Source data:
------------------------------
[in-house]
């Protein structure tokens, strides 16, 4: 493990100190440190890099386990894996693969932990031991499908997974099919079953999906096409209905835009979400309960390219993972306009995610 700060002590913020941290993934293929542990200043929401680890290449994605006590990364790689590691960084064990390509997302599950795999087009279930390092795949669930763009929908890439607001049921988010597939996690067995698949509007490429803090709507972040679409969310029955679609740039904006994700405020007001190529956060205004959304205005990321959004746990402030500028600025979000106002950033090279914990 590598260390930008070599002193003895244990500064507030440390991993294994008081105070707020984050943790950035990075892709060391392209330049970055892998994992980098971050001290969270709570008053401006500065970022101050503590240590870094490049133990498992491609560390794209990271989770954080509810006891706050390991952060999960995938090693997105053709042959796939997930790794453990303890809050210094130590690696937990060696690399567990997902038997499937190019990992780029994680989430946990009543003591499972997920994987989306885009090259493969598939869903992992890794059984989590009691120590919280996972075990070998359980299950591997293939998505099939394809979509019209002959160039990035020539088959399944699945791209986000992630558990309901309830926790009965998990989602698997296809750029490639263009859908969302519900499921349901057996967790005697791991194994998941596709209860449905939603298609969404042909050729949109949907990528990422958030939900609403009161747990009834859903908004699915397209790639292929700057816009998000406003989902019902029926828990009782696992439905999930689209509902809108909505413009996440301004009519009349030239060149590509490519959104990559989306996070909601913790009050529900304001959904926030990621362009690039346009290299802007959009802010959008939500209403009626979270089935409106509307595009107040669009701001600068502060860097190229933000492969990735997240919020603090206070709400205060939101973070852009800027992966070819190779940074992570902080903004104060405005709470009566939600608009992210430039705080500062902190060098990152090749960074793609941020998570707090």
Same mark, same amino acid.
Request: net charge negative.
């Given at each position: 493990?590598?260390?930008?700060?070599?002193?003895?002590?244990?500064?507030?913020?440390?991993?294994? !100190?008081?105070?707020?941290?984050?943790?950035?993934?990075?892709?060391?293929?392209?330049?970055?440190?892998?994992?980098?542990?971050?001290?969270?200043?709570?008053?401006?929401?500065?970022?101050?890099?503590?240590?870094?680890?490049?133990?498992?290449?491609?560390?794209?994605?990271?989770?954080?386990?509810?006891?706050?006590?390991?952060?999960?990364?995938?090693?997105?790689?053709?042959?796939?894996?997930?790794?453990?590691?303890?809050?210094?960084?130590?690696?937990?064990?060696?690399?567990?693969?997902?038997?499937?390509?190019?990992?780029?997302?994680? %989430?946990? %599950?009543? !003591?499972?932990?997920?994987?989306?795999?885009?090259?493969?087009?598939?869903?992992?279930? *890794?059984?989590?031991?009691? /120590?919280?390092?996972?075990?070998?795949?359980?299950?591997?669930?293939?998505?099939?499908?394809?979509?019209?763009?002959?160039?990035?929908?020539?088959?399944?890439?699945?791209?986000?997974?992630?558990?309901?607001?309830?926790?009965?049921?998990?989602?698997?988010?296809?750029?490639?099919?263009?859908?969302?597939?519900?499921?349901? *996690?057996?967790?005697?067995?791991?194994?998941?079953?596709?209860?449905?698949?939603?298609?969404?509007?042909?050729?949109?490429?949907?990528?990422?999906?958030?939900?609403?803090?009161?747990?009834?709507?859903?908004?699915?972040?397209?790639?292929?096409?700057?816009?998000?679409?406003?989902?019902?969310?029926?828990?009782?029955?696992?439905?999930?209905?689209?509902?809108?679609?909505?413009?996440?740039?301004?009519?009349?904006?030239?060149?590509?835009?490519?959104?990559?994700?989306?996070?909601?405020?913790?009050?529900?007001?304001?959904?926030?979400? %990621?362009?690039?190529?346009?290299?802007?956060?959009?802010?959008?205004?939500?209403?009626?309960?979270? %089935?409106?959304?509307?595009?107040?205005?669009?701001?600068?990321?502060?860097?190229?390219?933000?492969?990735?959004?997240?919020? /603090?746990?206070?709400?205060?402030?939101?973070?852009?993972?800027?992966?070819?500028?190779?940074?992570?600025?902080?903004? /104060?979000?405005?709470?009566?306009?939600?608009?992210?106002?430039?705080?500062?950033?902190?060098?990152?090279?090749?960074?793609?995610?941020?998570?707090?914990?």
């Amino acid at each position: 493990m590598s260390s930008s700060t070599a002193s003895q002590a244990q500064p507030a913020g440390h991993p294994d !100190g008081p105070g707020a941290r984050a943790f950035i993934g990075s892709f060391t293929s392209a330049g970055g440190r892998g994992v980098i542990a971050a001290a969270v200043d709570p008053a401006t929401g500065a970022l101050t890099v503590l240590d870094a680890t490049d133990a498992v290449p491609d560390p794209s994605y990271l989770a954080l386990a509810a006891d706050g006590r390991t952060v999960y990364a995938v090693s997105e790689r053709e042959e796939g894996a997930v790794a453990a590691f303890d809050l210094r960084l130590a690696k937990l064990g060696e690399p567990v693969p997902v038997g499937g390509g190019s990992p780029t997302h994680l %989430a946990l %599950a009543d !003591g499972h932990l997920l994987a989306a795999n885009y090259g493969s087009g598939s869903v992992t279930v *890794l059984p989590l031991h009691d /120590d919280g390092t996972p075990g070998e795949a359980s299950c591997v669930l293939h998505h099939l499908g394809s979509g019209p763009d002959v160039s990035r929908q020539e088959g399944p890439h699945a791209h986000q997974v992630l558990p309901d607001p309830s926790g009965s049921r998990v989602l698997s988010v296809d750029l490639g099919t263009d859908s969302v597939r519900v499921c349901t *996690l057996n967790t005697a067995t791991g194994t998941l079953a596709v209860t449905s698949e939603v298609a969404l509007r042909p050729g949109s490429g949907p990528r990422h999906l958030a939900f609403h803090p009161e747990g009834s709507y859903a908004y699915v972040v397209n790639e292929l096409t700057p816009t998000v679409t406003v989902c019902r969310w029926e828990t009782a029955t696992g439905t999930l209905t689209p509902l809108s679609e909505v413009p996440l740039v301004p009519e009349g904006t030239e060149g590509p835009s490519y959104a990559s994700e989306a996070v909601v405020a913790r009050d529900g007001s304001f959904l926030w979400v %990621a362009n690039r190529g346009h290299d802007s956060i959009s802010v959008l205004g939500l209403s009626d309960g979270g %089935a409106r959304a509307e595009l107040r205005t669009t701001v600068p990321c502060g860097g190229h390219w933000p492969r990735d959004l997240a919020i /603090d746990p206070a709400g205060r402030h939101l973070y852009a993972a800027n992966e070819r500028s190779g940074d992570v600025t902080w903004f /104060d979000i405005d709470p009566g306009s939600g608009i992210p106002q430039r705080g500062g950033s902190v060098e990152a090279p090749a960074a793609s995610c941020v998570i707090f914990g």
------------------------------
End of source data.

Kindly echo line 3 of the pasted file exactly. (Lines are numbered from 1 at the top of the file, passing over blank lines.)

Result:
Same mark, same amino acid.